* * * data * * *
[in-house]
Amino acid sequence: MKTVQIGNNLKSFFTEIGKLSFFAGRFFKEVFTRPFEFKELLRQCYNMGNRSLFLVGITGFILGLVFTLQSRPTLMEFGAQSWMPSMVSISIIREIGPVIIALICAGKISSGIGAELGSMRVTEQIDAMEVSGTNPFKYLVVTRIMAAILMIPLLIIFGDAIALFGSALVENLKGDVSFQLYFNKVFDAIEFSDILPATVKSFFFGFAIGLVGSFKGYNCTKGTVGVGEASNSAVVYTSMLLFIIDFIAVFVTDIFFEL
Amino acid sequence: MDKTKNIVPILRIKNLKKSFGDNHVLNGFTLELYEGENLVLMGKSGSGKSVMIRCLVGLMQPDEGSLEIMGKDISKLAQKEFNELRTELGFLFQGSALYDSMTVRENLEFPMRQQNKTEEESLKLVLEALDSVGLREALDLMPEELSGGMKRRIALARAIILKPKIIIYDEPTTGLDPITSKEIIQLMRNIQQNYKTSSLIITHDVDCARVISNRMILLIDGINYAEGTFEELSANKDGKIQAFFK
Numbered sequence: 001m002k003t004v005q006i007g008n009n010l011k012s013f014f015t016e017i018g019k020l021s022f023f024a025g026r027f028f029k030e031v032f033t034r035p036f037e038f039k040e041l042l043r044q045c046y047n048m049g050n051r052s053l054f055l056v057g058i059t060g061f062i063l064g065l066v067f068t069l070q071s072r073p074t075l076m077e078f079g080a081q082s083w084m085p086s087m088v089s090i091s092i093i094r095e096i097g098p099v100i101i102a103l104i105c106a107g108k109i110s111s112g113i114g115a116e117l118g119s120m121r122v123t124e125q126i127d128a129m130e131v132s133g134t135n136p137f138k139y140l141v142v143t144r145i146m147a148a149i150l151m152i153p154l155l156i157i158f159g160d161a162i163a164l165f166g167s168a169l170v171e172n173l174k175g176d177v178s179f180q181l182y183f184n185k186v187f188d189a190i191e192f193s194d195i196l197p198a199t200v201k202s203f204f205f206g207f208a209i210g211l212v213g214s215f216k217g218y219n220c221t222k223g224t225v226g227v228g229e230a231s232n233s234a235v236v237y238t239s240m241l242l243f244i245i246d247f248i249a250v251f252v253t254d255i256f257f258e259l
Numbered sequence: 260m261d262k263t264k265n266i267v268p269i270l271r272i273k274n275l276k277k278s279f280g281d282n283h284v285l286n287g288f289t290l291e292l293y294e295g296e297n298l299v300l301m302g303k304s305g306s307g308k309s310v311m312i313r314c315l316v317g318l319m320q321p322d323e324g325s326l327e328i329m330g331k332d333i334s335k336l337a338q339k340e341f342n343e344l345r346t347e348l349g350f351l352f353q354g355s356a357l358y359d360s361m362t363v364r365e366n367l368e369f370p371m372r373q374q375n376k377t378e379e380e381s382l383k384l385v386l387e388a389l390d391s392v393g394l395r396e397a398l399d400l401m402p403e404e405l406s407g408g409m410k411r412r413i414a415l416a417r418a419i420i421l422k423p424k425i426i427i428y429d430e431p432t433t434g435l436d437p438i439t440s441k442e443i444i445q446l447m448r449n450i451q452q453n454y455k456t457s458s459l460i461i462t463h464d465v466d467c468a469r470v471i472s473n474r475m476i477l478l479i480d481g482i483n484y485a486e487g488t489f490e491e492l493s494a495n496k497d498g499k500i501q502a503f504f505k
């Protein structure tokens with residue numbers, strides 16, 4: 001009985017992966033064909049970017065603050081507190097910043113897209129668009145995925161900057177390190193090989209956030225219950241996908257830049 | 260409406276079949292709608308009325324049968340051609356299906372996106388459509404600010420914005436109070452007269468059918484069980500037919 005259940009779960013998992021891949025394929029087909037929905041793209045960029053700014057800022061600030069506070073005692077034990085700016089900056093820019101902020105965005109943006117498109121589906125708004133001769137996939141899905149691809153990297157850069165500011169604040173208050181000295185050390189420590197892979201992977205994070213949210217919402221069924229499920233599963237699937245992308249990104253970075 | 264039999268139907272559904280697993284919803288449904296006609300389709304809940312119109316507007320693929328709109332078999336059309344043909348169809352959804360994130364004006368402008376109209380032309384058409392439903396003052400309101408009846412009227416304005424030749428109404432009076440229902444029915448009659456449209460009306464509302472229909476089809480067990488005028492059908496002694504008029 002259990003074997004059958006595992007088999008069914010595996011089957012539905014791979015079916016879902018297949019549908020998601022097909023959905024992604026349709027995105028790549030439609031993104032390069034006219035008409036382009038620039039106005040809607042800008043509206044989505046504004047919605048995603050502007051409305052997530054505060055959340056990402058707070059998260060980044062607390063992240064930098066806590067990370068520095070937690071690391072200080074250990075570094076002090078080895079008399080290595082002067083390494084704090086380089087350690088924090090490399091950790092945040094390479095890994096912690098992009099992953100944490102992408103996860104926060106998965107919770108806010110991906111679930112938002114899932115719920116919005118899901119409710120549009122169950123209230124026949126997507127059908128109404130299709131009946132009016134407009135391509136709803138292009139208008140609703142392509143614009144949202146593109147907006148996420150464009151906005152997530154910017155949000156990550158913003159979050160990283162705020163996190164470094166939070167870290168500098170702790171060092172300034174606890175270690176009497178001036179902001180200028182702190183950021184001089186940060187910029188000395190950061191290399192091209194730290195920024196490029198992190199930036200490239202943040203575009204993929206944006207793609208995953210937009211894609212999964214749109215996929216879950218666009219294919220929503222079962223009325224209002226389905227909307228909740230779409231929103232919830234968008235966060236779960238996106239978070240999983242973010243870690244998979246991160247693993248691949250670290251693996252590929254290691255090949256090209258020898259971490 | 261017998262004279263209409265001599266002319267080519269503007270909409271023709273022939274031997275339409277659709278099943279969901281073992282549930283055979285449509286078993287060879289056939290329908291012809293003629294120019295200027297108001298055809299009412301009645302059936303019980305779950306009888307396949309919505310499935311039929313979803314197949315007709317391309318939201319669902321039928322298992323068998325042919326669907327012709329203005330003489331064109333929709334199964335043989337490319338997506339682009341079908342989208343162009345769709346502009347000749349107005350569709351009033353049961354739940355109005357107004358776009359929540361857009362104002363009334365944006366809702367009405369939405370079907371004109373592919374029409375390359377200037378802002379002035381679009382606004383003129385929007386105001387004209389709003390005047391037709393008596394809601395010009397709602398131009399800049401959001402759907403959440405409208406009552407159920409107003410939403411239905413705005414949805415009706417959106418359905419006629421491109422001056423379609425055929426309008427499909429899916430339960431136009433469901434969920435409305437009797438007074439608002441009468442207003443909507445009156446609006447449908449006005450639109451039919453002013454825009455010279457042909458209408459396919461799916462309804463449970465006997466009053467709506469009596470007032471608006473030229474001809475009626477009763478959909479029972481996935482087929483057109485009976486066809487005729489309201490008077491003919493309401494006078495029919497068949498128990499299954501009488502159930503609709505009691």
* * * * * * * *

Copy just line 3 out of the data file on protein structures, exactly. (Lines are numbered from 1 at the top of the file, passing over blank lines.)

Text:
Amino acid sequence: MDKTKNIVPILRIKNLKKSFGDNHVLNGFTLELYEGENLVLMGKSGSGKSVMIRCLVGLMQPDEGSLEIMGKDISKLAQKEFNELRTELGFLFQGSALYDSMTVRENLEFPMRQQNKTEEESLKLVLEALDSVGLREALDLMPEELSGGMKRRIALARAIILKPKIIIYDEPTTGLDPITSKEIIQLMRNIQQNYKTSSLIITHDVDCARVISNRMILLIDGINYAEGTFEELSANKDGKIQAFFK